However, this situation renders the whistleblower vulnerable to repercussions as the Whistleblower Protection Act 2010 only provides a shield for those who go straight to enforcement agencies.
"There is a weakness in the Act, and there is now a question as to whether those who blow the whistle (to parties) outside of enforcement agencies will be given protection," TI-M president Paul Low (right) said today.
Low said whistleblowers have provided information to opposition political parties instead as they feared their identity would be revealed or that they would receive a hostile reception from the enforcement agencies.
"They also have no confidence that their complaints will be investigated," he said when contacted.
In other countries, Low said, an independent agency is set up to receive all whistleblower complaints.
"We have the Enforcement Agency Integrity Commission (EAIC), but it was not set up to receive complaints from whistleblowers," he added.
However, whistleblowing should not be done to gain publicity or politicise a matter, as in the case of the National Feedlot Corporation (NFC) exposes.
"For NFC, it was highly-politicised. If it was just to blow the whistle, the information would be revealed at once and not bit by bit," he said.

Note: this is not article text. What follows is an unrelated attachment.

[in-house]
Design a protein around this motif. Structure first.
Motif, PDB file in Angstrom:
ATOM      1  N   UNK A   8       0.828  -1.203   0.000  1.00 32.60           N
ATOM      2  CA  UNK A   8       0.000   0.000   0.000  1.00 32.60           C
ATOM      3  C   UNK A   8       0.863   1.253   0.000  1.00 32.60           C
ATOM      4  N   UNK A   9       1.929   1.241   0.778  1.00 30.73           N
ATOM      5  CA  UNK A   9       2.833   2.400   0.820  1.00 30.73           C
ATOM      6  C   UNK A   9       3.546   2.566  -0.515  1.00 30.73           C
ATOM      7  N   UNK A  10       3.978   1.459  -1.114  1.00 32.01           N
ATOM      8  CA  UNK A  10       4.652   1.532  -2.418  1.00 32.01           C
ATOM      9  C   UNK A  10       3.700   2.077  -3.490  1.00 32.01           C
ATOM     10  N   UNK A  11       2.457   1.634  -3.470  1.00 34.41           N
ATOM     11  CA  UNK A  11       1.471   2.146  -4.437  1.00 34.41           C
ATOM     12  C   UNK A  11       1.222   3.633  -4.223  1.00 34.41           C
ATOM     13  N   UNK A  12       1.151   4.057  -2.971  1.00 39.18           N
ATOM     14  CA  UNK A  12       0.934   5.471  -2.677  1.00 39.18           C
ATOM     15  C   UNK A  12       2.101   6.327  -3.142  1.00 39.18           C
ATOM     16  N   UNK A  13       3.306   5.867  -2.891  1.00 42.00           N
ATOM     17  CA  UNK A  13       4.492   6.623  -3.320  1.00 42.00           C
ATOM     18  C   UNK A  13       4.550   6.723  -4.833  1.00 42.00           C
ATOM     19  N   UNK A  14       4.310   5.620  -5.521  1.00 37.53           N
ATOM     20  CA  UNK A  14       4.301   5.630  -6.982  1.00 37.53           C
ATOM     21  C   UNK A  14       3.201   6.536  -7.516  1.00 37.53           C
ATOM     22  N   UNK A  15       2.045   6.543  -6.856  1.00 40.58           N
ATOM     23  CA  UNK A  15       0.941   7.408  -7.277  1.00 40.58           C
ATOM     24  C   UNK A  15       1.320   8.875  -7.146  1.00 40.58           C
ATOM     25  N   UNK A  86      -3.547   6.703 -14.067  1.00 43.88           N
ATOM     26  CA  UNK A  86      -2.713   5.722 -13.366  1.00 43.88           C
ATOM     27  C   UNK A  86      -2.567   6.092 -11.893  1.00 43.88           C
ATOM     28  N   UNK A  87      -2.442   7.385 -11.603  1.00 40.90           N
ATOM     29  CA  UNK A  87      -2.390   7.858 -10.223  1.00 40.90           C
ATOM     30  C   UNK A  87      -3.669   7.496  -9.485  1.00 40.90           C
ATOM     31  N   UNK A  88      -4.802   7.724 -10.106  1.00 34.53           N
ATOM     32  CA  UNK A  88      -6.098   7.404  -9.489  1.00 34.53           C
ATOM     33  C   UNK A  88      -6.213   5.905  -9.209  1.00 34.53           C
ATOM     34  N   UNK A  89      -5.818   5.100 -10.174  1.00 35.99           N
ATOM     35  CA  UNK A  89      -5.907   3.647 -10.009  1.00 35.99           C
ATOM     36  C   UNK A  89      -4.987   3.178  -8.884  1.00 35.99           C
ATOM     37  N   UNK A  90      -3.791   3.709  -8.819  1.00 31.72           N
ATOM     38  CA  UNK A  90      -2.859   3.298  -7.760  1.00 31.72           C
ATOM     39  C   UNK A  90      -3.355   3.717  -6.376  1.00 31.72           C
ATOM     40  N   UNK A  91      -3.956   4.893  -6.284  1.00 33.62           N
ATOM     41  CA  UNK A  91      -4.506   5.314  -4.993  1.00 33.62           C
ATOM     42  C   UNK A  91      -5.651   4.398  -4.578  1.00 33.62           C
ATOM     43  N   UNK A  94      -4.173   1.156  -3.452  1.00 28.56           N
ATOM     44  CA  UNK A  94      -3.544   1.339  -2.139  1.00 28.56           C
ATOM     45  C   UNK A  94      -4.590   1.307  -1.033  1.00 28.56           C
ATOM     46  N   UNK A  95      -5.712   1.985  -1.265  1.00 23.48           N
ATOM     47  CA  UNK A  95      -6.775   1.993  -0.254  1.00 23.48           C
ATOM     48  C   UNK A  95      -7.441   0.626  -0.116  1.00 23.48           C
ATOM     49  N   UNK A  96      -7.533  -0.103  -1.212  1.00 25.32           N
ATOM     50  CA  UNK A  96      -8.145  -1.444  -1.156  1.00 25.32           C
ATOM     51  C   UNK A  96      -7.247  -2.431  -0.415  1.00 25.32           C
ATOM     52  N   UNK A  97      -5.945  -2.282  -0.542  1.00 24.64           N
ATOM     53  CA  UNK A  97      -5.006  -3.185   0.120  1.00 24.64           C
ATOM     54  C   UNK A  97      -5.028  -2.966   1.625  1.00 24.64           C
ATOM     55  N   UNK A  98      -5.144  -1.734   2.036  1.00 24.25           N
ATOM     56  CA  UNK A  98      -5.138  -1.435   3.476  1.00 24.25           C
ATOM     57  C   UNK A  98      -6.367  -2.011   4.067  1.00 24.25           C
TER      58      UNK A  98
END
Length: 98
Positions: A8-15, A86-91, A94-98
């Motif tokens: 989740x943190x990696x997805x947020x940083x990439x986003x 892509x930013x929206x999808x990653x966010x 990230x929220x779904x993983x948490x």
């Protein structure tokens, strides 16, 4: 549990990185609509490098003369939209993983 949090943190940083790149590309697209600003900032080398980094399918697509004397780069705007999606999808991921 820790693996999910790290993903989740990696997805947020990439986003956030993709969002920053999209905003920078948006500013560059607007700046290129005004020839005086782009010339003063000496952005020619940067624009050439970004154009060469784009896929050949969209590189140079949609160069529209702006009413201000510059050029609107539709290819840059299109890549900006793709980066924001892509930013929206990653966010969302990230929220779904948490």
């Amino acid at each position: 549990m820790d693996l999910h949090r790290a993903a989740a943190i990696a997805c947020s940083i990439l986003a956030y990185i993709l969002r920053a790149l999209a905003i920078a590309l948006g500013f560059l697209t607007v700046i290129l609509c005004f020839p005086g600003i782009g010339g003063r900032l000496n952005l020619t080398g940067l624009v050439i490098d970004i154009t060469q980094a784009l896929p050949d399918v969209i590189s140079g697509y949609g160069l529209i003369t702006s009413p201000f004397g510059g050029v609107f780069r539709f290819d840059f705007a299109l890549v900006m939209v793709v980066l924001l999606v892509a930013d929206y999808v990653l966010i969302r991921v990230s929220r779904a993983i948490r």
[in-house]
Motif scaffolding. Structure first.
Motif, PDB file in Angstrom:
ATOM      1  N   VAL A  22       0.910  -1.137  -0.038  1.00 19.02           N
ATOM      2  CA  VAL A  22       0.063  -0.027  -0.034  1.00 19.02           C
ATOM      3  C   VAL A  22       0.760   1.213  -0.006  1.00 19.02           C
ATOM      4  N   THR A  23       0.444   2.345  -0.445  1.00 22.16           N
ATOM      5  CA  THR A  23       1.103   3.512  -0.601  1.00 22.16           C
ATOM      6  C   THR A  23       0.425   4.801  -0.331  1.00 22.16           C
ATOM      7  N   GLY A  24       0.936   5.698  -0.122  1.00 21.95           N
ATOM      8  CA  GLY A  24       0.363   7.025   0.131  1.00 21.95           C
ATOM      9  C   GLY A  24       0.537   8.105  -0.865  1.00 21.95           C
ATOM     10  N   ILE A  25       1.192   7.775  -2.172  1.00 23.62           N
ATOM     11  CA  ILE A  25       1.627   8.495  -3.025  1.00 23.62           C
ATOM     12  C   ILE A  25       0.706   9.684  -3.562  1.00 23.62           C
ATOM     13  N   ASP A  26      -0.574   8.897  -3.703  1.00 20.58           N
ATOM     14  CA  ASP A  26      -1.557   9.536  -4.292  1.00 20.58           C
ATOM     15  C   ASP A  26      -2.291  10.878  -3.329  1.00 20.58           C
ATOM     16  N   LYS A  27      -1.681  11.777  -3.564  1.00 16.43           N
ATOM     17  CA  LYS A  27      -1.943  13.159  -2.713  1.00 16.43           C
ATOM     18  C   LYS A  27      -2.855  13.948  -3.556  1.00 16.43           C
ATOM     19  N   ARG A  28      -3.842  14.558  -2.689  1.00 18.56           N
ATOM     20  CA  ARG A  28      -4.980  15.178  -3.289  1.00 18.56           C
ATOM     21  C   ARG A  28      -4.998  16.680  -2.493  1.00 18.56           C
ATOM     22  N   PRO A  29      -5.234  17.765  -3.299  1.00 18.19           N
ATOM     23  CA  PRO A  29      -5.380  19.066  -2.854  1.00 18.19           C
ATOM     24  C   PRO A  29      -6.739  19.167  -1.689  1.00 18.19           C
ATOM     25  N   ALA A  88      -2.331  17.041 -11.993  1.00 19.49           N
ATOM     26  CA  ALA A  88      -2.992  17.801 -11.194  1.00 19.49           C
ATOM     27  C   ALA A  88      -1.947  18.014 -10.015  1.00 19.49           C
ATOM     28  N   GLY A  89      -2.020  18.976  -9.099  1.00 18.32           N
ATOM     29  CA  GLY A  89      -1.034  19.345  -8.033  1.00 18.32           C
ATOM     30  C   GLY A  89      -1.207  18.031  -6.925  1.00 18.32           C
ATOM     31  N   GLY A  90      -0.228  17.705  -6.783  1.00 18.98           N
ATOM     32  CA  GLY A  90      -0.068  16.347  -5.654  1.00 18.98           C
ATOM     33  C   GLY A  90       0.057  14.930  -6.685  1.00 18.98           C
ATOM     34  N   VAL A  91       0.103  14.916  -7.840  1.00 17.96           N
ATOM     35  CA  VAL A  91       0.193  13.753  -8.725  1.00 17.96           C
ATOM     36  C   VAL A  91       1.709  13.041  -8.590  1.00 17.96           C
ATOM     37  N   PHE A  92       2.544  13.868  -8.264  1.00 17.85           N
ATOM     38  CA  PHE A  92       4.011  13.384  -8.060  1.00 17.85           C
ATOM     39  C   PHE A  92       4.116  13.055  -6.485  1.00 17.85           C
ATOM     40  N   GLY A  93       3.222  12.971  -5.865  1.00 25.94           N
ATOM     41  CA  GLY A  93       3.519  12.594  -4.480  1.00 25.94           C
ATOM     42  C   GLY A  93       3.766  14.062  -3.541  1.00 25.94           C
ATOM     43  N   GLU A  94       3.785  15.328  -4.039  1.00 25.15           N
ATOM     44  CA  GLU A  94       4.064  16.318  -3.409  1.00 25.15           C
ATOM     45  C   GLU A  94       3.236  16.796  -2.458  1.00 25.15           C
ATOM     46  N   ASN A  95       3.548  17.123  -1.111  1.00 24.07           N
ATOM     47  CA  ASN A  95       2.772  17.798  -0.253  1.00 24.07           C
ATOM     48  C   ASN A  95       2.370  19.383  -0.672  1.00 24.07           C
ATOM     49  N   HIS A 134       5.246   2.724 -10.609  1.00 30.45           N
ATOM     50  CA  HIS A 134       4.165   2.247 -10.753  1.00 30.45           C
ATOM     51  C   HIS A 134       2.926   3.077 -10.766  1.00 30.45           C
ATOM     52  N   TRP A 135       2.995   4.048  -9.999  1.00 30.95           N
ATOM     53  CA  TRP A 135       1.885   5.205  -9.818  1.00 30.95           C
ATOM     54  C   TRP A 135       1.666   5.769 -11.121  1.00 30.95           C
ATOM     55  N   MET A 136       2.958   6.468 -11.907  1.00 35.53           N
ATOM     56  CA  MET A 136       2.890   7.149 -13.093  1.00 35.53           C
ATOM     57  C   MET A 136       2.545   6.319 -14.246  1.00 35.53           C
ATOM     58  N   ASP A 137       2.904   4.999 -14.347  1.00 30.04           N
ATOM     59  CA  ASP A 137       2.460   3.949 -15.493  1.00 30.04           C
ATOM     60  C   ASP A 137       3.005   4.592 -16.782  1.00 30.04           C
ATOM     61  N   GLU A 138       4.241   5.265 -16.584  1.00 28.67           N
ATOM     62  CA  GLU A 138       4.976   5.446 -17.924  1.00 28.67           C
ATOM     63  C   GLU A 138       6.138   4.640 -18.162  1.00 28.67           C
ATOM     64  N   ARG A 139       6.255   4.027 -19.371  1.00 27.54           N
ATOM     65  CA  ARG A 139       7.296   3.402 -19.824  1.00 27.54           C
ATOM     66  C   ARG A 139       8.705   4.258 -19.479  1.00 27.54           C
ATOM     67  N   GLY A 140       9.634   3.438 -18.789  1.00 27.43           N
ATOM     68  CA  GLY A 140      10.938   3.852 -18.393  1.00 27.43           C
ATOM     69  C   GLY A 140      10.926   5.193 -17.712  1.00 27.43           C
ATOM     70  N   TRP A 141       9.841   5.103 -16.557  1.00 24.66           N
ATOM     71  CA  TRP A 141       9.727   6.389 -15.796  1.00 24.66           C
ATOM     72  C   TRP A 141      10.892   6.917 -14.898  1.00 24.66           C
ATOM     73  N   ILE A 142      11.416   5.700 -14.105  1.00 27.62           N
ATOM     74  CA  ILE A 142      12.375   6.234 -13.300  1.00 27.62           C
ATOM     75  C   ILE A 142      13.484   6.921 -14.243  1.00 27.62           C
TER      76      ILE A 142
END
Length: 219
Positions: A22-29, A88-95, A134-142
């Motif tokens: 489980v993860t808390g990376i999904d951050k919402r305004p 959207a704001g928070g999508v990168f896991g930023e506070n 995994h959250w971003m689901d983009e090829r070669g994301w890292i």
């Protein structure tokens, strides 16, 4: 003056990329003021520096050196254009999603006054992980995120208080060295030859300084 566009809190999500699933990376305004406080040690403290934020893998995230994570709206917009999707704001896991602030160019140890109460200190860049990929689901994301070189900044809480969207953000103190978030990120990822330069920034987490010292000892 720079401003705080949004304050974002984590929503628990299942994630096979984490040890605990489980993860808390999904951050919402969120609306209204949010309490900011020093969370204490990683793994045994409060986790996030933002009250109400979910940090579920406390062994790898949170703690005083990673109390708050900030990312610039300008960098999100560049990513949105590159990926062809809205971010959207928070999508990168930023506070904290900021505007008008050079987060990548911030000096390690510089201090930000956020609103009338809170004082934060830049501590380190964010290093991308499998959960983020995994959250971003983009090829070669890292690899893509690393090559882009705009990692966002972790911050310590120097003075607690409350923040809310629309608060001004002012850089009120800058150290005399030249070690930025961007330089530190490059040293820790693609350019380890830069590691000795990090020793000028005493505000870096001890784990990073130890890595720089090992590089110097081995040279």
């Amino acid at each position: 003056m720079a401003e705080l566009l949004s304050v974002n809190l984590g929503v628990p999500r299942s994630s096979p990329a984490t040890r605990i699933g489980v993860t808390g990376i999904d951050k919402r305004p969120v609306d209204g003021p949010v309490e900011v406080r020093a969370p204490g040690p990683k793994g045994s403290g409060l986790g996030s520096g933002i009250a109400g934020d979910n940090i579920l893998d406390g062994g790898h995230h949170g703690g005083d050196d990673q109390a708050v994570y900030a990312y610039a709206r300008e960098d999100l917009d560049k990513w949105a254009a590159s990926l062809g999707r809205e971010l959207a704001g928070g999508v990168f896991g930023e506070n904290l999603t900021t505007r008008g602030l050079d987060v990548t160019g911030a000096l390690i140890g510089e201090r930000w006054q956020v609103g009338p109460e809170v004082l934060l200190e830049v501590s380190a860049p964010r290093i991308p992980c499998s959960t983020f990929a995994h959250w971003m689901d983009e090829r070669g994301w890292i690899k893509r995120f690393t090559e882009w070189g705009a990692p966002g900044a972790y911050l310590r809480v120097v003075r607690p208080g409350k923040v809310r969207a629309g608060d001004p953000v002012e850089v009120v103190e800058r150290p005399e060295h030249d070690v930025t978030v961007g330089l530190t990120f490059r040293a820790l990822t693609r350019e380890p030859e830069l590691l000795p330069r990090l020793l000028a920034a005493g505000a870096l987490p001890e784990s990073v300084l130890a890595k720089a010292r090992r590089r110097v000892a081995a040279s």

Low was commenting on de facto law minister Mohd Nazri Abdul Aziz's statement to Parliament that protection could not be given to those who exposed information on the NFC scandal.
Nazri said PKR director of strategy Rafizi Ramli, who was at the forefront of the expose, was not a whistleblower, but a "trumpet-blower" as he had raised the red flag publicly.
'AG can choose who to prosecute'
Rafizi and a former bank employee have since been charged under the Banking and Financial Institutions Act 1989 for exposing banking records of the NFC and its directors.
NFC chairperson Mohamad Salleh Ismail has since been charged with criminal breach of trust and violations of the Companies Act 1965.
Meanwhile, Bar Council president Lim Chee Wee (left) said even if the Whistleblowers Act could not apply to Rafizi, the attorney-general still had "almost absolute discretion" on whether to charge Rafizi.
"Over and beyond the issue of technical compliance with the Act, the AG has almost absolute discretion in law in prosecution.
"One wonders whether this is an appropriate case for charges not to proceed because of the public interest served by Rafizi's public disclosure of the NFC scandal," Lim said in an email to Malaysiakini.
However, he added, Rafizi's team should seek to challenge the decision to prosecute the PKR leader "if it is able to show that he is, in fact and in law, a whistleblower".